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Monday, 10 February, 2003, 15:03 GMT
Afghan force changes leaders
German soldier (R) smiles at Kabul children
German soldiers take on greater responsibilities
Germany and the Netherlands have formally taken command of the international security force in the Afghan capital, Kabul.

Although the name and face of Isaf's commander may change, its purpose will not

General van Heyst, new Isaf commander

Turkish General Akin Zorlu handed over his command to German General Norbert van Heyst and Dutch General Robert Bertholee at a ceremony on Monday.

Just hours later, a rocket was reported to have landed near the main peacekeeping force base in Kabul.

General Zorlu commanded the 4,200-strong International Security Assistance Force (Isaf) for the past eight months.

The 22-nation force has maintained security in the Afghan capital since its deployment in December 2001 following the ouster of the Taleban regime by US-led forces.

Shared command

German Defence Minister Peter Struck, on a brief visit to Kabul, attended the hand over ceremony.

General Akin Zorlu
General Zorlu: Warned of fall out from Iraq

Relinquishing his command, General Zorlu expressed satisfaction with the Isaf's performance under him.

"We have considerably improved the security situation and made a significant contribution to the normalisation of life in the city," he said.

The BBC's Kylie Morris in Kabul says that the Turks were generally thought to have a done a good job, respecting Afghan customs and engaging with local people.

General Van Heyst said that "although the name and face of Isaf's commander may change, its purpose will not."

General Van Heyst will command the multinational force for the next six months with General Bertholee serving as his deputy.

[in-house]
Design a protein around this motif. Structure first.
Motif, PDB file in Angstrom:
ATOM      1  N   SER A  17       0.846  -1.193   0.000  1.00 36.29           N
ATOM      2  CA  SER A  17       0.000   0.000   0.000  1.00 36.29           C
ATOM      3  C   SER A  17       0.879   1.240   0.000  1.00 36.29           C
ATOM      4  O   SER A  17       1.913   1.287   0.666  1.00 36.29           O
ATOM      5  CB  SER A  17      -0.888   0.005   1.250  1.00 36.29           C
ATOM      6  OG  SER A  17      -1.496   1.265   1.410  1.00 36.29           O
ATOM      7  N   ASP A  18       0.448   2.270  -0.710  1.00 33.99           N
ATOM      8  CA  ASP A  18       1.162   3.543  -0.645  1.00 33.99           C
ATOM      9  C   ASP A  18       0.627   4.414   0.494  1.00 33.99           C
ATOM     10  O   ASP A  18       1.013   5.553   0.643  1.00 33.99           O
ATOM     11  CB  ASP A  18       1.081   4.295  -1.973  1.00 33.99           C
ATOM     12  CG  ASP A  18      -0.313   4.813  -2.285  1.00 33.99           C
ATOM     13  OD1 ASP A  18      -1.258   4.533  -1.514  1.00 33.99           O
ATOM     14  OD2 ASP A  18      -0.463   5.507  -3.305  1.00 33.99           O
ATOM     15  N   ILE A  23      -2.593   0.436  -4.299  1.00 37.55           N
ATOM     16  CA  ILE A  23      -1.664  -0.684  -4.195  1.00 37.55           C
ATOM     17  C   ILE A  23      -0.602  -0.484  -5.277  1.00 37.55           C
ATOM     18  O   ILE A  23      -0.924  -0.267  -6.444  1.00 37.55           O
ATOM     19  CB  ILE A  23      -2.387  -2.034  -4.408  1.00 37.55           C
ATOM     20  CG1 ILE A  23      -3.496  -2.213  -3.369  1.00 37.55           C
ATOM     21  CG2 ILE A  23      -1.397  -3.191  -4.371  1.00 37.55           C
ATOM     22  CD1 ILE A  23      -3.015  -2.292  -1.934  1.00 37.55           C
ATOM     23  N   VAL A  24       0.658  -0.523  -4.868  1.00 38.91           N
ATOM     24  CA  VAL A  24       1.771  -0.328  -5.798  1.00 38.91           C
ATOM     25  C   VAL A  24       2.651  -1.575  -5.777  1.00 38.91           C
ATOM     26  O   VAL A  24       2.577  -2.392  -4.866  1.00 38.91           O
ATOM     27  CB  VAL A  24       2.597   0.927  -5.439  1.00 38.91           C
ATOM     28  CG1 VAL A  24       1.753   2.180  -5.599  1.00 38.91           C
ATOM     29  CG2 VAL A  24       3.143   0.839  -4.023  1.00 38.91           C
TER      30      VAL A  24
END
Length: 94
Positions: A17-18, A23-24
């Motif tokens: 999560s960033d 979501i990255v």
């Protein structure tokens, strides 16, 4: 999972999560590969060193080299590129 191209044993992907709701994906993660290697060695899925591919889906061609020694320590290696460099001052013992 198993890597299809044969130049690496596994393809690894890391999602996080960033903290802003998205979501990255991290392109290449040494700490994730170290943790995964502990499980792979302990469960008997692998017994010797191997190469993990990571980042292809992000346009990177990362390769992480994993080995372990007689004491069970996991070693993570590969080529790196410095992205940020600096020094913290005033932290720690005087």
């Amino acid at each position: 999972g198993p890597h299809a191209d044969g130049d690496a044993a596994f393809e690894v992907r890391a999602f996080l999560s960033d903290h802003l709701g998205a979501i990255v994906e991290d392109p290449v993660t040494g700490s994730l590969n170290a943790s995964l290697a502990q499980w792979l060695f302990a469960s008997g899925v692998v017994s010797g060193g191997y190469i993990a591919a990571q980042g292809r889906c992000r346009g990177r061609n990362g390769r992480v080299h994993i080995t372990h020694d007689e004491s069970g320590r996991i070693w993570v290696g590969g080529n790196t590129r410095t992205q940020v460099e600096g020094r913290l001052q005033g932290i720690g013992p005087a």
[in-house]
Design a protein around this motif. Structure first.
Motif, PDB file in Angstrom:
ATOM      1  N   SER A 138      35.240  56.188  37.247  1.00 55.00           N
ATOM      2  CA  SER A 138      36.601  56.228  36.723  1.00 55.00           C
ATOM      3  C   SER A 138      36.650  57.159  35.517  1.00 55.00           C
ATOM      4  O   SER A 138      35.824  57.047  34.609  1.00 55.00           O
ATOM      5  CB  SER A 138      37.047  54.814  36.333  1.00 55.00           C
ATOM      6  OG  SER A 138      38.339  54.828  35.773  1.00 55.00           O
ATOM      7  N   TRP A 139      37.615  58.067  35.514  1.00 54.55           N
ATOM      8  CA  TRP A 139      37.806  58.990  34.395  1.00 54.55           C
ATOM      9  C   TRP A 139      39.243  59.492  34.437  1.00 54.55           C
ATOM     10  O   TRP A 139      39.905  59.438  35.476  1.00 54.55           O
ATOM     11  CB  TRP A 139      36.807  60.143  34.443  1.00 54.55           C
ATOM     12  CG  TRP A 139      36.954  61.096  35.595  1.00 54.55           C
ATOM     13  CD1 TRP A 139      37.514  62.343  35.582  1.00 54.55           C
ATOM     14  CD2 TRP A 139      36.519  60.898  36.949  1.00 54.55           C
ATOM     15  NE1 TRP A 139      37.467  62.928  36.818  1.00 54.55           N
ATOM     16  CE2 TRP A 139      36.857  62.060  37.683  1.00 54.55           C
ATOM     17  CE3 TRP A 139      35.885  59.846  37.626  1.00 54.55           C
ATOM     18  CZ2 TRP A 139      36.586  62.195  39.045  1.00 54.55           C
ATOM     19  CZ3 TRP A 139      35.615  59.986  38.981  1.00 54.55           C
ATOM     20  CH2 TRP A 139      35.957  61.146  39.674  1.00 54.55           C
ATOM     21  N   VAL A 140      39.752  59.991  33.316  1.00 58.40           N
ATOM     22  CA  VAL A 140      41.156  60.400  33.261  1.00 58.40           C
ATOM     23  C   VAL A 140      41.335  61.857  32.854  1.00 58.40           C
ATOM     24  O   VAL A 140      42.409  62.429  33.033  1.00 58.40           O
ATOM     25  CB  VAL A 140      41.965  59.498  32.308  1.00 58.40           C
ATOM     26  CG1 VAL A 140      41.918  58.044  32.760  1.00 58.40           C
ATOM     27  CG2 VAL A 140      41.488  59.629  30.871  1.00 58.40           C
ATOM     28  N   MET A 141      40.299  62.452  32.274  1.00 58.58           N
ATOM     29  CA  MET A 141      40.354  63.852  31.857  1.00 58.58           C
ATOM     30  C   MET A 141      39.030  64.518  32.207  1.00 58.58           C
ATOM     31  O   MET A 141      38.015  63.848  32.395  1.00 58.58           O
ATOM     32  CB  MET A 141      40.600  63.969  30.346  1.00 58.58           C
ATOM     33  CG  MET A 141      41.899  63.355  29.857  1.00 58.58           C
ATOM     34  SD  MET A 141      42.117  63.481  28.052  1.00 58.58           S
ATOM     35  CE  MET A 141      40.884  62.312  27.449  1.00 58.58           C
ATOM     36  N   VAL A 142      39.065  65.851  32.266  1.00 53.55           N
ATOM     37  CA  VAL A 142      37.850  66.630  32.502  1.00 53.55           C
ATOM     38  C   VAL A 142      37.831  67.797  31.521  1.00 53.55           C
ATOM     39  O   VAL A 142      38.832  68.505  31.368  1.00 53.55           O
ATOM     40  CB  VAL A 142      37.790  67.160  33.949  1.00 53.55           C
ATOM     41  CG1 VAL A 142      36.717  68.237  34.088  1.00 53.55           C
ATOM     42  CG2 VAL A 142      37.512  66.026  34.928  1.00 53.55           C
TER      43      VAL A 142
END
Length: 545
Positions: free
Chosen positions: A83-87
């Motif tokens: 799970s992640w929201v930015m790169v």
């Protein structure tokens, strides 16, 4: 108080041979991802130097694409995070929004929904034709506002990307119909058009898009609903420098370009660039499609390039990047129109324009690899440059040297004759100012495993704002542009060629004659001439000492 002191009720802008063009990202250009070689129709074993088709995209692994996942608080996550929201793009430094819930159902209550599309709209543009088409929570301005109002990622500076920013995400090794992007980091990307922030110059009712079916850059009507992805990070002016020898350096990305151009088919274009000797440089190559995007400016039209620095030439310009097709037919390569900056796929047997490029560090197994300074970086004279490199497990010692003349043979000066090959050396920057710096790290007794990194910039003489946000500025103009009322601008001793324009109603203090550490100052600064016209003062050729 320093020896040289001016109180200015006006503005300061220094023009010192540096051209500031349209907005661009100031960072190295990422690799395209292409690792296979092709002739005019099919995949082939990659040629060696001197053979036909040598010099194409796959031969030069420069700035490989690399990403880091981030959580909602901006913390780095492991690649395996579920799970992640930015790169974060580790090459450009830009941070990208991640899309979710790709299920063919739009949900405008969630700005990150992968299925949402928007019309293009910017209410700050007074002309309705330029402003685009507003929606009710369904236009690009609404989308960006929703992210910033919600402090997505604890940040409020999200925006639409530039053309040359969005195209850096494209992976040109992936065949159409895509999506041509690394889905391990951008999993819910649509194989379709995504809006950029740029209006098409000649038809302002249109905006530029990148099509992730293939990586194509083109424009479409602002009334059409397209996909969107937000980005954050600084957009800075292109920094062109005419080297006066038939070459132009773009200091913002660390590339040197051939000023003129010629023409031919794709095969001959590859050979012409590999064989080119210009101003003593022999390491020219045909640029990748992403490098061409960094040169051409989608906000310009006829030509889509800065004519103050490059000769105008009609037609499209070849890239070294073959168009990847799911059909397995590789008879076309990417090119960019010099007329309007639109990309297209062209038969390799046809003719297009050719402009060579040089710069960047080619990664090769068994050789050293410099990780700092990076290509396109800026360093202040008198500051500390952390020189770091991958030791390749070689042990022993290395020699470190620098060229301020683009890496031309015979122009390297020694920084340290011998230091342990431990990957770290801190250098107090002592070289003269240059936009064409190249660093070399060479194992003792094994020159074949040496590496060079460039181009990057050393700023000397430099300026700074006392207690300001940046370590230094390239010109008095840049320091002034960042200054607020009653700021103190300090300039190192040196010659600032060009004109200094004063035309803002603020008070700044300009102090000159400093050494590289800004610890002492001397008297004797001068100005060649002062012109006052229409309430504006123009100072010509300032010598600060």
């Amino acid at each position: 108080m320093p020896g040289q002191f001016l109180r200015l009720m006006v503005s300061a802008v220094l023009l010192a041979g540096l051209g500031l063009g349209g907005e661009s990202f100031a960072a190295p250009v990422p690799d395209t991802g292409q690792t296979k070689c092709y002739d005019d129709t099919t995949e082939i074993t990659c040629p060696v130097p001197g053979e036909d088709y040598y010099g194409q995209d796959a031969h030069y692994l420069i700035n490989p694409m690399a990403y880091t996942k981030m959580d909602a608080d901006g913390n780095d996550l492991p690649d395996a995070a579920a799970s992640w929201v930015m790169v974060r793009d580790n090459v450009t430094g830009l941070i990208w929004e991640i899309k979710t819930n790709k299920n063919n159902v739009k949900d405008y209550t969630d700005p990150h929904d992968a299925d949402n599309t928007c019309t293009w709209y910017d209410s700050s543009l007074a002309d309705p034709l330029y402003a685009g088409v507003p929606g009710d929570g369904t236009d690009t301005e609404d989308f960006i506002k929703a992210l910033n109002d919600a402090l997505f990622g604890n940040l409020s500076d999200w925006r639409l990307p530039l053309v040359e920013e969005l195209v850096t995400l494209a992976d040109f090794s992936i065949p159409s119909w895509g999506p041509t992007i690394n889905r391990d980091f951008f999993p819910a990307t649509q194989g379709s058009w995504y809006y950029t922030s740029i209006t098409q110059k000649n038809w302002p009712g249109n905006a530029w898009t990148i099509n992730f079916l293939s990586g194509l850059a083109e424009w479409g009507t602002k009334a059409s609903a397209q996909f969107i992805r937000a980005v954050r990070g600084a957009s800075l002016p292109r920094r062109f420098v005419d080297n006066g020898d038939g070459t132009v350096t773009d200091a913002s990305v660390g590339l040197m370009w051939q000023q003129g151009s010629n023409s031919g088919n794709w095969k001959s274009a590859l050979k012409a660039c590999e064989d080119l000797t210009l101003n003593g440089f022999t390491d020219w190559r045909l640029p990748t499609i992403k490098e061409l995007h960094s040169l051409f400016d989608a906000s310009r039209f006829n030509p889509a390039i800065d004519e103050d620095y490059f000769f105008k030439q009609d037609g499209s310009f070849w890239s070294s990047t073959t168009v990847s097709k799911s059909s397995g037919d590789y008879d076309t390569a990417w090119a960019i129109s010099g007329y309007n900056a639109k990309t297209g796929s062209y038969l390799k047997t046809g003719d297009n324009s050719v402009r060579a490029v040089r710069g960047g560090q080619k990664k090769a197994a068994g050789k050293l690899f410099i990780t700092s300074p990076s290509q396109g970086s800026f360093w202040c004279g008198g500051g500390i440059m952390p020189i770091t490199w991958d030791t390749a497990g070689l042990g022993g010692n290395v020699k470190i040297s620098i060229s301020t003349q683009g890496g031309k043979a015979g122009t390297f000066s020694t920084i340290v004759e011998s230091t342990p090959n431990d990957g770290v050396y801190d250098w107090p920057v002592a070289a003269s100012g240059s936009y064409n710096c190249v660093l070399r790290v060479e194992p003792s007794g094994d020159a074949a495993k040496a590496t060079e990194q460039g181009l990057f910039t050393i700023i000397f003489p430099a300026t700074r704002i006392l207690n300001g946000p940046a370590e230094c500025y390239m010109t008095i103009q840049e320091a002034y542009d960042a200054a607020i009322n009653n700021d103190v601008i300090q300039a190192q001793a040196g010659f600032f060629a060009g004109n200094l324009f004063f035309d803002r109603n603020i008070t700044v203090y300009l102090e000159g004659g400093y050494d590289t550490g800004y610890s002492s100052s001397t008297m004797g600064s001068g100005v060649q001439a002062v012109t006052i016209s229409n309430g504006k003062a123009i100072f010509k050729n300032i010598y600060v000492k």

Although Kabul's security situation has improved considerably since then, there have been several attacks on foreign soldiers in recent weeks.

And violence continues to plague Afghanistan's many provinces where armed factions and gangs fight for control or plunder.

Iraq fears

President Hamid Karzai's government has been asking for Isaf's expansion and its deployment to other Afghan cities.

Mr Struck has been urging the Western military alliance Nato to take over Isaf from the United Nations.

He says Washington supports the idea and that he will ask for Afghan President Hamid Karzai's views.

The change in Isaf's leadership comes at a time of heightened concern over increased violence in and around Kabul as international forces hunt for Taleban and al-Qaeda remnants.

In addition, preparations for a possible war with Iraq are deepening anxieties.

General Zorlu says any US attack on Iraq will be seen by many Afghans as "an attack on the whole Muslim world", and endanger Westerners in Kabul.

 WATCH/LISTEN
 ON THIS STORY
The BBC's Kylie Morris
"Firing of rockets to the east of the city"

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14 Jan 03 | South Asia
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